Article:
Marcel explains that, "In fact, the greatest merit of the critical spirit is that it tends to cure fanaticism, and it is logical enough that in our own fanatical times the critical spirit should tend to disappear, should no longer even be paid lip service as a value."

But why is this? Why is our own time marked by the fanaticized consciousness? Dusty Sklar addresses the problem in his book "The Nazis and the Occult" in a Chapter entitled "Making an Obedient Mass." He writes, "Since World War II, several books have appeared which, while not dealing directly with the Nazis, are of invaluable aid in explaining how ordinary people can be transformed into automata, devoid of conscience or reason. They help us to understand, not only the Nazis, but millions of disciples of movements in Western countries today, who, almost overnight, are weaned from their customary behavior and attachments and indoctrinated with irrational beliefs. They are The True Believer by Eric Hoffer, The Mind Possessed by William Sargant, and The Rape of the Mind by Joost Meerloo. What is the formula for producing pliant followers? Take people, not wholly preoccupied with subsistence, who despair of being happy either in the present or in the future. They feel the sharp cutting edge of frustration. Either through some personal defect or because external conditions do not permit growth, they are eager to renounce themselves, since the self is insupportable. Many German men were in this position at the end of World War I. They came home to a civilian life without purpose, in which they had no part. In the chaos and collapse, vast armies of uprooted people felt threatened by the war's economic and social aftermath. National Socialism gave them a chance for a fresh start. As Eric Hoffer points out:

'People who see their lives as irremediably spoiled cannot find a worth-while purpose in self-advancement. The prospect of an individual career cannot stir them to a mighty effort, nor can it evoke in them faith and a singleminded dedication. They look on self-interest as on something tainted and evil; something unclean and unlucky. Anything undertaken under the auspices of the self seems to them foredoomed. Nothing that has its roots and reasons in the self can be good and noble. Their innermost craving is for anew life - a rebirth - or, failing this, a chance to acquire new elements of pride, confidence, hope, a sense of purpose and worth by an identification with a holy cause. An active mass movement offers them opportunities for both. If they join the movement as full converts they are reborn to a new life in its close-knit collective body, or if attracted as sympathizers they find elements of pride, confidence and purpose by identifying themselves with the efforts, achievements and prospects of the movement. To the frustrated a mass movement offers substitutes either for the whole self or for the elements which make life bearable and which they cannot evoke out of their individual resources.'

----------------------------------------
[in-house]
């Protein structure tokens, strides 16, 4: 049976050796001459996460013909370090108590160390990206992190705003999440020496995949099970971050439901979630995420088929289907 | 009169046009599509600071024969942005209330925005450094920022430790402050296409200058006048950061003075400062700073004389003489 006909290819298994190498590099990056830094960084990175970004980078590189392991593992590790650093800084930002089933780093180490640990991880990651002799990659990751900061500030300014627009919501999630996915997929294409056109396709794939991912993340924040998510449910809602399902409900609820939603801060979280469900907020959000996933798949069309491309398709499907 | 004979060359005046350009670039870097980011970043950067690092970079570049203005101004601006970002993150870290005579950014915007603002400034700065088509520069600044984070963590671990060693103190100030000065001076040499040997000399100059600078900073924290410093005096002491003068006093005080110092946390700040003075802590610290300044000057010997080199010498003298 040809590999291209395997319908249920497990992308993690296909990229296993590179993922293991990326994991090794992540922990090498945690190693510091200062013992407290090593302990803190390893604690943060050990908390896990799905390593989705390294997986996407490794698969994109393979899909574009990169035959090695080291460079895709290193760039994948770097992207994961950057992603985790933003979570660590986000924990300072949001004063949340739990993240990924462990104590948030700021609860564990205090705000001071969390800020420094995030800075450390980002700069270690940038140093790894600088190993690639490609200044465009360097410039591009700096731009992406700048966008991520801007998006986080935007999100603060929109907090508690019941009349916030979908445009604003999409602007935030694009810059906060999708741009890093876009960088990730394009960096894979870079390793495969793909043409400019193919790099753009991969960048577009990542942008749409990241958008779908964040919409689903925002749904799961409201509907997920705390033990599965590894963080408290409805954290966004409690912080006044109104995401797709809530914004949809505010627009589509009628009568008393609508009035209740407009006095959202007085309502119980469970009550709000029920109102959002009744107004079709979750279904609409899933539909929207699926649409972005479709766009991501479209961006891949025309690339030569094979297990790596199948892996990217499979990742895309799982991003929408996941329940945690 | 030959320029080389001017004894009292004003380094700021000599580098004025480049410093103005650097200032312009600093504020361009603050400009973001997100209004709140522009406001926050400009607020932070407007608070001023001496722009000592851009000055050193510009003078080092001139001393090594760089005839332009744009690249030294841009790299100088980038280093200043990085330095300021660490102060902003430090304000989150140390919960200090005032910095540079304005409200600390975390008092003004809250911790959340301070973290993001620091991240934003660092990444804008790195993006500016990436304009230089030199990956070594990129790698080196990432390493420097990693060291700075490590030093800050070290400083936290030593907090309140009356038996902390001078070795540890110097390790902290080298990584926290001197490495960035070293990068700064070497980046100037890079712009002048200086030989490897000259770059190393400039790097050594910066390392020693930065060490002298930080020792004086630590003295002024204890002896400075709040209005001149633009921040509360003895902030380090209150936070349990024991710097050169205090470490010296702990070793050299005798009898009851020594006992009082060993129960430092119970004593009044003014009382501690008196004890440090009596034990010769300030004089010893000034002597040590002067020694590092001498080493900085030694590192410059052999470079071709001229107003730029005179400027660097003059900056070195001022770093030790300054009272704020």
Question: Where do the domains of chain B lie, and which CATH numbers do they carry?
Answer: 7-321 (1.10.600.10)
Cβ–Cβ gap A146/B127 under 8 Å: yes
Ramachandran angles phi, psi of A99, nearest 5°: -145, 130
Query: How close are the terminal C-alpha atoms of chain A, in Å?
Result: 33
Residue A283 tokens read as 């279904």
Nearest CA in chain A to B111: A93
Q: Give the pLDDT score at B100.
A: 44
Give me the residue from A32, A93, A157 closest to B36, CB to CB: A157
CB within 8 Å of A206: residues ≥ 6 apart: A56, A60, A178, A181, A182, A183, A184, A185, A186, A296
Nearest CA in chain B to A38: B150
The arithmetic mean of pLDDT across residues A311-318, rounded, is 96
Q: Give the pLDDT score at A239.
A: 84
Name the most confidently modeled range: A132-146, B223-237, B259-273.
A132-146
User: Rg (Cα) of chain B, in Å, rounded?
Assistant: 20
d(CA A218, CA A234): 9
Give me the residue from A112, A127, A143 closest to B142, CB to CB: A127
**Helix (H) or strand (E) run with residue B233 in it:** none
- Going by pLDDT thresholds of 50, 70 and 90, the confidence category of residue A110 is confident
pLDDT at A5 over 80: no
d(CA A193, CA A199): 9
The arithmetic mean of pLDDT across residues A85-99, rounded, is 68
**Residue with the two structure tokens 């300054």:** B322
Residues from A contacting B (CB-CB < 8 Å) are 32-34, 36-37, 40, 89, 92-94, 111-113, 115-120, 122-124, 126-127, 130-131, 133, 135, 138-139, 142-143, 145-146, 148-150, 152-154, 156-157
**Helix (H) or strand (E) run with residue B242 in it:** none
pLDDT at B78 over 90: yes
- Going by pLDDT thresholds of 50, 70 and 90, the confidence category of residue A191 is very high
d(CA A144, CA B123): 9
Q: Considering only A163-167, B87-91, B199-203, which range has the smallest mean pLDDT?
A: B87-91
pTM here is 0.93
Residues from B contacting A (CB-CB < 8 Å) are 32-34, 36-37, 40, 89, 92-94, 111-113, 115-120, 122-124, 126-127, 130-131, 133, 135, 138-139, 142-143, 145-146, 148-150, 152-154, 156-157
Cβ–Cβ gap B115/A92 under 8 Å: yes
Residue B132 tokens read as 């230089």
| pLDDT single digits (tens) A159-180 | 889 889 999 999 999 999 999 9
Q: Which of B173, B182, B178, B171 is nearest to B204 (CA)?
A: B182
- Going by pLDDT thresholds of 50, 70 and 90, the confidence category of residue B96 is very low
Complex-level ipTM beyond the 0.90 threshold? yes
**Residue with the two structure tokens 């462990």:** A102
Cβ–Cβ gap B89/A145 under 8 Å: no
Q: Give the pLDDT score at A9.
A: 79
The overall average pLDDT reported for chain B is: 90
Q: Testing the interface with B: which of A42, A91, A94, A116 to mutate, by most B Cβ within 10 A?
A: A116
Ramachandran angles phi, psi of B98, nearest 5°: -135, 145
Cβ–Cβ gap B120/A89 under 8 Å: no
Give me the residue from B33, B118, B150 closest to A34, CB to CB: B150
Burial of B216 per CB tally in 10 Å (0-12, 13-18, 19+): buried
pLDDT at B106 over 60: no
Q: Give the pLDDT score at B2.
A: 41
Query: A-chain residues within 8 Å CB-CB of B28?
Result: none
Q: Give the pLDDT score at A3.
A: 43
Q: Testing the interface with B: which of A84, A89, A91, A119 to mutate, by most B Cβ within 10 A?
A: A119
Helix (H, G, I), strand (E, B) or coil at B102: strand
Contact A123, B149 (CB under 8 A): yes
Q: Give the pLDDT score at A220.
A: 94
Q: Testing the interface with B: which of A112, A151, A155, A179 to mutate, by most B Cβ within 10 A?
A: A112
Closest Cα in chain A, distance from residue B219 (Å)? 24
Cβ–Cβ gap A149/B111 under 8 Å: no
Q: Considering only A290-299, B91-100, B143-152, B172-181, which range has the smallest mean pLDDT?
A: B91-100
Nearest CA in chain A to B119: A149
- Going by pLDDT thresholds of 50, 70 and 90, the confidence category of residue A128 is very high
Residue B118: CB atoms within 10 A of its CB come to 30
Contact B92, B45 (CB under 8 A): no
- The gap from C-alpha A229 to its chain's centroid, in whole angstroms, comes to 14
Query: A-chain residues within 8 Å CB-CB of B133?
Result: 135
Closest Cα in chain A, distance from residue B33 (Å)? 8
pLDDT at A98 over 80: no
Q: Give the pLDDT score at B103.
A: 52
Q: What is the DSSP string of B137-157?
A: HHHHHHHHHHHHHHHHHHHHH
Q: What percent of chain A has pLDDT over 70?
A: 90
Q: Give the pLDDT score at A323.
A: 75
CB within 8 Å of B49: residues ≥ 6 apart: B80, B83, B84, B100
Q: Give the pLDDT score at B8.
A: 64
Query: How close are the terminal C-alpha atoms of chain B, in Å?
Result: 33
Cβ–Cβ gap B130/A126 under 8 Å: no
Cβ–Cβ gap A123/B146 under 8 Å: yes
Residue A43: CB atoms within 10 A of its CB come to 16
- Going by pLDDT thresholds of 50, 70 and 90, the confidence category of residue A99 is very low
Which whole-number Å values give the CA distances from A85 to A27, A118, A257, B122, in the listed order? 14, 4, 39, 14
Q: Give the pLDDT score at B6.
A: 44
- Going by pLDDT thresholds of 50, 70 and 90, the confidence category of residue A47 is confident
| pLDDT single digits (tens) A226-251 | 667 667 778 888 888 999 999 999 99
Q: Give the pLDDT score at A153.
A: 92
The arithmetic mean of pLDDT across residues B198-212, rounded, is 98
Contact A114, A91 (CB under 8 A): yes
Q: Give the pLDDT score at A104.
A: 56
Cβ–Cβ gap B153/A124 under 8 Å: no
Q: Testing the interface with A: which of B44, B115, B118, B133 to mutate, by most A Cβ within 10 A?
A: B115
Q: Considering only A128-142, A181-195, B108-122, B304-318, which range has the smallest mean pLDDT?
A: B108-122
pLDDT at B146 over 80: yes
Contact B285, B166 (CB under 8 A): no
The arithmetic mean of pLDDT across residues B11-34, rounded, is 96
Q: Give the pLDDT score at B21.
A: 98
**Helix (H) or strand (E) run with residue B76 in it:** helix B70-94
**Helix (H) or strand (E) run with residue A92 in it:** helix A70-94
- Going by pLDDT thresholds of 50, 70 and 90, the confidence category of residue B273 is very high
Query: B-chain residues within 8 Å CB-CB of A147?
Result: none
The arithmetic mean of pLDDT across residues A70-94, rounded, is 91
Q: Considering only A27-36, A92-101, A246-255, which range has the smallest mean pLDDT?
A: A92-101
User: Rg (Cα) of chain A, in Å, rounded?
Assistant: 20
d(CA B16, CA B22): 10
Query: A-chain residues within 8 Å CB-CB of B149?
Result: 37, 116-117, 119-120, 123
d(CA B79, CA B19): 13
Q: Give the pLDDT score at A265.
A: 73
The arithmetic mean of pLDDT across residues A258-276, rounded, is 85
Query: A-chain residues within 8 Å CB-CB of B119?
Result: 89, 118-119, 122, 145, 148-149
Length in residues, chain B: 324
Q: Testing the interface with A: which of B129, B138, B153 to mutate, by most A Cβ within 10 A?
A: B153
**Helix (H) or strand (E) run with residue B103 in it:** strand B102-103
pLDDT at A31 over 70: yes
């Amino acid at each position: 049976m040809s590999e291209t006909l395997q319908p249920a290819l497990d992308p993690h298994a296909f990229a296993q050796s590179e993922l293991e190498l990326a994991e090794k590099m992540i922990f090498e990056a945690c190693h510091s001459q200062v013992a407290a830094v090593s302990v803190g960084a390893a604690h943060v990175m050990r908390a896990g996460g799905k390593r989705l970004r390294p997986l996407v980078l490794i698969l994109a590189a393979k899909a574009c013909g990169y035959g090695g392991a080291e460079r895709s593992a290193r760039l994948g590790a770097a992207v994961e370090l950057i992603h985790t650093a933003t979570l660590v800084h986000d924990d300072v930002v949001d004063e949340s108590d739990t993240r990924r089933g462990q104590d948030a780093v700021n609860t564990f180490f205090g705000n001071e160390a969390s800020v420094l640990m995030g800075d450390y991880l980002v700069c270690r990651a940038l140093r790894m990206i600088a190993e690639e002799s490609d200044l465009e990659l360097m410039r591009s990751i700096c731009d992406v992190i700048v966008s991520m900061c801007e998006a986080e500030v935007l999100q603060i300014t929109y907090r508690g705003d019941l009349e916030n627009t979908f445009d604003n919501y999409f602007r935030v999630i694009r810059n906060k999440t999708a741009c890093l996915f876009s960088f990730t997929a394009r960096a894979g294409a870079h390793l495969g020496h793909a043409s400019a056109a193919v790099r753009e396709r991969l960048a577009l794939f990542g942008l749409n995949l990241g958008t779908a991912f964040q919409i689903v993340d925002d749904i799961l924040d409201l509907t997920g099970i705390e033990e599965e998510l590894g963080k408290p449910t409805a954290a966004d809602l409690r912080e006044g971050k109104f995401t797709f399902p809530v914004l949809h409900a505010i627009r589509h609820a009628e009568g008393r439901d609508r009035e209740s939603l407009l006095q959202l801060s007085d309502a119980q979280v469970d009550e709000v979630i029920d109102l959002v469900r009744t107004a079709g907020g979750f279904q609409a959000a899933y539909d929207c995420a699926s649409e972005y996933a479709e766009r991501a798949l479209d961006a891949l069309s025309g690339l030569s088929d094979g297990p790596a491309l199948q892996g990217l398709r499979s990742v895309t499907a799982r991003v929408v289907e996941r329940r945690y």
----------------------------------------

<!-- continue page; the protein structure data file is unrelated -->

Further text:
The movement, in turn, encourages self-renunciation. It does not attract the individual who believes in himself, nor does it care to; on the contrary, he is precisely the individual whom it ridicules." (pp. 149-150).

Tuesday, August 21, 2007

Prophecy: Society on the Verge of Total Collapse

Virtually all of the great pagan juridical systems acknowledged the fact of wrong-doing and their legal systems prescribed punishment for it. However, in our day, there is a widespread denial of the existence of sin and moral laws. This makes God appear as the Creator of evil. And God hates this blasphemy, pride and hypocrisy on the part of His creature man.

On November 5, 1977, in a locution to Father Stephano Gobbi of the Marian Movement of Priests, Our Lady said:

“Do not stop to consider the ever thickening darkness, the sin which has been set up as the norm of human action, the suffering which is mounting to its peak and the chastisement which this humanity is preparing with its own hands.”